“Shocking and disgusting” – two words Columbia Shuswap Regional District waste reduction facilitator Carmen Fennell uses to describe the more than 17,000 kilograms of garbage removed from a Shaw Road site.
Using their own equipment, members of the Salmon Arm Fish and Game Club removed the huge amount of garbage from the site on Nov. 15 and 16.
“They cleaned up on Oct. 28, but there was so much left behind so Darren Warmuth, Peter Rizzi and Kyle Anchikowski returned with a mini excavator and a small dump truck and removed 17,000 kilograms of material that had been illegally dumped,” said Fennell.
In October, the group collected four large truck loads and one trailer load full of material to take to the landfill, with everything from vacuums, suitcases and children’s toys, to mattresses, wooden furniture, and bathtubs.
“I guess someone thought this was the dump – it’s gross,” said a five-year-old volunteer who accompanied his father and brother for the clean-up event in October.
Material in the latest haul included mattresses, an old lawn tractor, hot water tank, gutters, suitcases, a vacuum, pots and pans.
“It was totally disgusting and actually what was horrifying was when they were cleaning up, they saw someone in a pickup coming up the road,” Fennell says, noting the driver of the truck did a fast retreat as soon as they saw the men clearing the site. “It’s completely unsettling that this is costing taxpayers, not only for the fees which we waived, but it’s like three minutes away from the landfill and some people think it’s a better option to dump where other people have to clean it up; it’s ignorant.”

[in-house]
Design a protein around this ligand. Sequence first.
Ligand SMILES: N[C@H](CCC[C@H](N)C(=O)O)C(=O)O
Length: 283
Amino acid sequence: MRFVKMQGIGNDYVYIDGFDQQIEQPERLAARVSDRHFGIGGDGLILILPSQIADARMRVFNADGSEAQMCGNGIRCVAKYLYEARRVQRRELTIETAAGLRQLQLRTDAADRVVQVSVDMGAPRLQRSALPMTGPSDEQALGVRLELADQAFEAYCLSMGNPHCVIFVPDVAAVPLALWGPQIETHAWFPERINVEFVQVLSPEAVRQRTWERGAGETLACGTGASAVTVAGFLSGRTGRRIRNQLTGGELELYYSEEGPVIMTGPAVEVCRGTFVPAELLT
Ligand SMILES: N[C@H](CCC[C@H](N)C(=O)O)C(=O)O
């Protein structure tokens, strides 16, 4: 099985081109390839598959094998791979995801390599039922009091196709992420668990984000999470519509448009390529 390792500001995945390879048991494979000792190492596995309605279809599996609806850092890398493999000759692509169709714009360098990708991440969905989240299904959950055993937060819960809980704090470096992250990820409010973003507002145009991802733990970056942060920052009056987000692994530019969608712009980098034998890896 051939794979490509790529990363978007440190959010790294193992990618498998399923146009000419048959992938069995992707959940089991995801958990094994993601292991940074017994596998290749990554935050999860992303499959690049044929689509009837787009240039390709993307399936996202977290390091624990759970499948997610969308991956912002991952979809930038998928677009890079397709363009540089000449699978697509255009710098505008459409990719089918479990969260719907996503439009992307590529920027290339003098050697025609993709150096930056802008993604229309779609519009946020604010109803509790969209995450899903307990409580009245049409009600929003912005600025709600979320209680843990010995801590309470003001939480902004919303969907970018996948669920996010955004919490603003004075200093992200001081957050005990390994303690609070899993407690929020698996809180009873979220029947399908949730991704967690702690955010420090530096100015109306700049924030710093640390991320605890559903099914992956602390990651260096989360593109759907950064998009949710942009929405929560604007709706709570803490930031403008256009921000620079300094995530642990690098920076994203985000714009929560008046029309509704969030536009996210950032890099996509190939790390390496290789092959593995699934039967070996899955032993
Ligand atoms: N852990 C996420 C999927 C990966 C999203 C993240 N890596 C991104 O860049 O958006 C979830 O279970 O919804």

An exasperated Fennel says the site has been cleaned up by volunteer groups in the past, but just seems to be a magnet for illegal dumping.
Shaw Road is not the only chronic problem. Fennell says illegal dumping is taking place in several other areas, including 110 Road near the Canoe mill, which has been cleaned up a couple of times, Fly Hills, the Mt. Ida forestry road near the Salmon Arm Cemetery and a forestry road near the Silver Creek Firehall.
“It’s within MOE’s (Ministry of Environment) mandate to prosecute illegal dumpers, but it’s up to us to do our part and we do have a budget for that,” Fennell says. “We always tell MOE about an incident, and whenever we find incriminating identification, we send that along too.”
Anyone who witnesses illegal dumping is asked to report it to the Report All Poachers and Polluters hotline at 1-877-952-7277.
Fennell suggests people who witness illegal dumping get as much information as possible to get as much information as possible in order to help prosecute perpetrator.
Under the Environmental Management Act, the fine for depositing litter in a public place is $115. The fine for introducing waste and causing pollution is $575.
As well, The British Columbia Wildlife Federation has developed a phone app that makes it easy for users to take geo-referenced, time-stamped photos or videos and to report issues related to illegal use, or abuse, of the province’s natural resources.
The app works both in and out of service using the phone’s GPS. Reports are sent to a secure server and then forwarded automatically to the appropriate enforcement agency.
“There are millions of British Columbians’ recreating and working in the backcountry who are passionate about conserving and protecting our natural resources, states the BCWF website.
“We created the BCWF Conservation App to give all British Columbians a tool to allow us to fulfill our individual responsibility as citizens in changing the way we see, use, conserve, protect and value our natural landscape,” says BCWF president Jim Glaicar.
The mobile app and website was created by the Spatial Information for Community Engagement (SpICE) Lab at the University of British Columbia Okanagan.
The BCWF mapping website is a public website that can display environmental abuses submitted by users and to help increase awareness about the threats facing natural resources around the province.
To download the app, go to http://bcwf.net/index.php/bcwf-app.
For more information on local illegal dumping issues, contact the Carmen Fennell at 250-833-5936 or visit the CSRD website at www.csrd.bc.ca.